Bless you, Nick Swisher.
With the self-inflicted mess that baseball has made of its image in recent years, the innocence of the game, and the joy many of us always got from watching it over the years, has been lost. For too long we have been disappointed by one player another, from Mark McGwire to Alex Rodriguez.
Now, along comes Swisher. In the corporate, business-like, image-conscious world of the New York Yankees, Swisher sticks out. But not like a sore thumb. More like that guy in your office with the magnetic personality who seems to make every day just a little easier to get through. He always looks like he's having more fun than everybody else.
How can you not love this guy?
The first time he got to hit third in the Yankee lineup he exulted like a little kid, amazed at his good fortune.
When Andy Pettitte pitched 7 terrific innings a few nights ago, Swisher, a millionaire teammate, referred to him as 'Mr. Pettitte.'
When Xavier Nady got a night off recently Swisher wrapped him in towels on the bench to make sure he was comfy while watching the game.
The guy sits in the dugout chugging 'Red Bull' throughout games, and always looks and sounds wired. Like maybe someone should hide the Red Bull.
YES broadcaster Michael Kay related a story the other day in which he had asked Swisher how he always managed to look so relaxed on the field. Swisher, Kay said, told him that he simply envisions himself running around the backyard playing a glorified game of whiffle ball.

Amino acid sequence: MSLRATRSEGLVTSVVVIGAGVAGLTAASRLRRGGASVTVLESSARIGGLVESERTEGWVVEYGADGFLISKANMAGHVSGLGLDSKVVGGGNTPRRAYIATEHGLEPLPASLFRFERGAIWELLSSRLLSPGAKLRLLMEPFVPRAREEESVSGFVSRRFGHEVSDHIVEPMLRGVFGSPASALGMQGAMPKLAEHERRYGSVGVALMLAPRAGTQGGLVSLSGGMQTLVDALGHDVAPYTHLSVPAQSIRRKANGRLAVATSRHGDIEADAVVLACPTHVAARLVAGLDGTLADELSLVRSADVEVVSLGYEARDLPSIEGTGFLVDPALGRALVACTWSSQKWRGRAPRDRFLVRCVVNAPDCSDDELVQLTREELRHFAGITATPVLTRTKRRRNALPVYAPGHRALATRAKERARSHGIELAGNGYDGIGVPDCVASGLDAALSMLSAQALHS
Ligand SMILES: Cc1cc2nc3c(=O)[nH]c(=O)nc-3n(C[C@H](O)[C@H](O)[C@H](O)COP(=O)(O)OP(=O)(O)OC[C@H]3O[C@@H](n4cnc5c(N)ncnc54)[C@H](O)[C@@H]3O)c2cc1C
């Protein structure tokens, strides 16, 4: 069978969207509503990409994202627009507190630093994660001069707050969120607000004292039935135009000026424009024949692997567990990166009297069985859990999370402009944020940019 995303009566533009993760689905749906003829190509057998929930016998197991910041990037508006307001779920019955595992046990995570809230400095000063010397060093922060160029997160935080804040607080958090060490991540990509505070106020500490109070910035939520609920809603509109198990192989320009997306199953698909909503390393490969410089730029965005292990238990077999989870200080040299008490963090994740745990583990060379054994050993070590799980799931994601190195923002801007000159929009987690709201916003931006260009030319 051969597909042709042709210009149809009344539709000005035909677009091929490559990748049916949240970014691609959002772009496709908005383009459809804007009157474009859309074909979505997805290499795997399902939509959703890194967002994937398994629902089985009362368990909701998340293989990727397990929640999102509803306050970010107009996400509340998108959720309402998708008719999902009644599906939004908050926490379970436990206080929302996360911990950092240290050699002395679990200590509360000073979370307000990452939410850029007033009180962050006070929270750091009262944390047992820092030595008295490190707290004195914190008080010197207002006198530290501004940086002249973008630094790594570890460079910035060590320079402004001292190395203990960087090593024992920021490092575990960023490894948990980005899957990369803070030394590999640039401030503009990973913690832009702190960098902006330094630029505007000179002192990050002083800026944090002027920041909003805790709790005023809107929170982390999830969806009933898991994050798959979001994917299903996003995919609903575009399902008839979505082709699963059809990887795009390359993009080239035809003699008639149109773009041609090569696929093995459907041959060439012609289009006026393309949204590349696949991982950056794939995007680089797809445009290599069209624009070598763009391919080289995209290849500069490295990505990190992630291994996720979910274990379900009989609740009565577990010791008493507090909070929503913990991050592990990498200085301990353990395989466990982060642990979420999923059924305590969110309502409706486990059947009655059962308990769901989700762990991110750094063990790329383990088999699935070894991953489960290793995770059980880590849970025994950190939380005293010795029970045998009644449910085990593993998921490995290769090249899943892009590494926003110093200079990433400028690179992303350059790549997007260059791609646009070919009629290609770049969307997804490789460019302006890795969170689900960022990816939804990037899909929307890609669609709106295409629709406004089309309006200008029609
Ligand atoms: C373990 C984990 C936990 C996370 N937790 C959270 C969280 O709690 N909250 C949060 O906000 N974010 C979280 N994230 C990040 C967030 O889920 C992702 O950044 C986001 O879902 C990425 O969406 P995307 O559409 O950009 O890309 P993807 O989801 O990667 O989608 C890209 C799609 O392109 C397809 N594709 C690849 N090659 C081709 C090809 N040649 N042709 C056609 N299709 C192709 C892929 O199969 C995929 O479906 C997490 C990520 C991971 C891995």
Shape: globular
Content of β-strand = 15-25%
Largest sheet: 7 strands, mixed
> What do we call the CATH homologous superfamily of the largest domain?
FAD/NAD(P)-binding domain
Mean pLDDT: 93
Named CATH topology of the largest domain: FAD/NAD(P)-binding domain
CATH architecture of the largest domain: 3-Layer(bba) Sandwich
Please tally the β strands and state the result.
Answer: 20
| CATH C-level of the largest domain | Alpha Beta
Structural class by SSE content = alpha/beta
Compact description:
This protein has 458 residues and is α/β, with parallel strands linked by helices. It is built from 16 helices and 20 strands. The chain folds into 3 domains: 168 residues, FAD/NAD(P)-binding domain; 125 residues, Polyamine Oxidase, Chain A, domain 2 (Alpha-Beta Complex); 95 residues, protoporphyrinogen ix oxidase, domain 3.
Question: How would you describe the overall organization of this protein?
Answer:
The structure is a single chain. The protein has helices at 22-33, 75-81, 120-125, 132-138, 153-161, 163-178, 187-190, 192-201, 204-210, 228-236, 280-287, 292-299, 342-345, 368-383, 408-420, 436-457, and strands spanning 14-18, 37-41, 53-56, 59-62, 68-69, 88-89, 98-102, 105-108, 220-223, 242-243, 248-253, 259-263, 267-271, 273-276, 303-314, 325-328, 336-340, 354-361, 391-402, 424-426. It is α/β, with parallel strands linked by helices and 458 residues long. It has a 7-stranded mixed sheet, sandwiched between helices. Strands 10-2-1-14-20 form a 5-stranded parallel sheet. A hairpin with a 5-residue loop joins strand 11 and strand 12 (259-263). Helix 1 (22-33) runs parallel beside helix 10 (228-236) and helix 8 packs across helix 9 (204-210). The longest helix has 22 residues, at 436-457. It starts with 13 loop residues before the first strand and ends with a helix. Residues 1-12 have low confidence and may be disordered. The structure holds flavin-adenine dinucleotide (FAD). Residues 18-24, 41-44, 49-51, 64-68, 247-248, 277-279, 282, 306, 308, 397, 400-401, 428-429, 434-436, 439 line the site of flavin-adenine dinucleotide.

How can you not love that?
Back when Swisher was with the Oakland Athletics I can remember a friend of mine, a diehard Oakland fan, telling me how much he loved Swisher. I've always known Swisher was a good player. Now I know that my friend was talking about more, much more, than what Swisher does with a bat in his hands.
Swisher doesn't pose. He doesn't posture, taunt the opposition or go through a bunch of rehearsed, planned gyrations aimed at drawing attention to himself.
He is simply exuberant. He loves what he does, and he lets it show.
Swisher, even with the millions he has already made, has remembered that baseball is simply a game, and that many of us would give anything to have the opportunity to play it at the highest level.
The sport needs more players like him.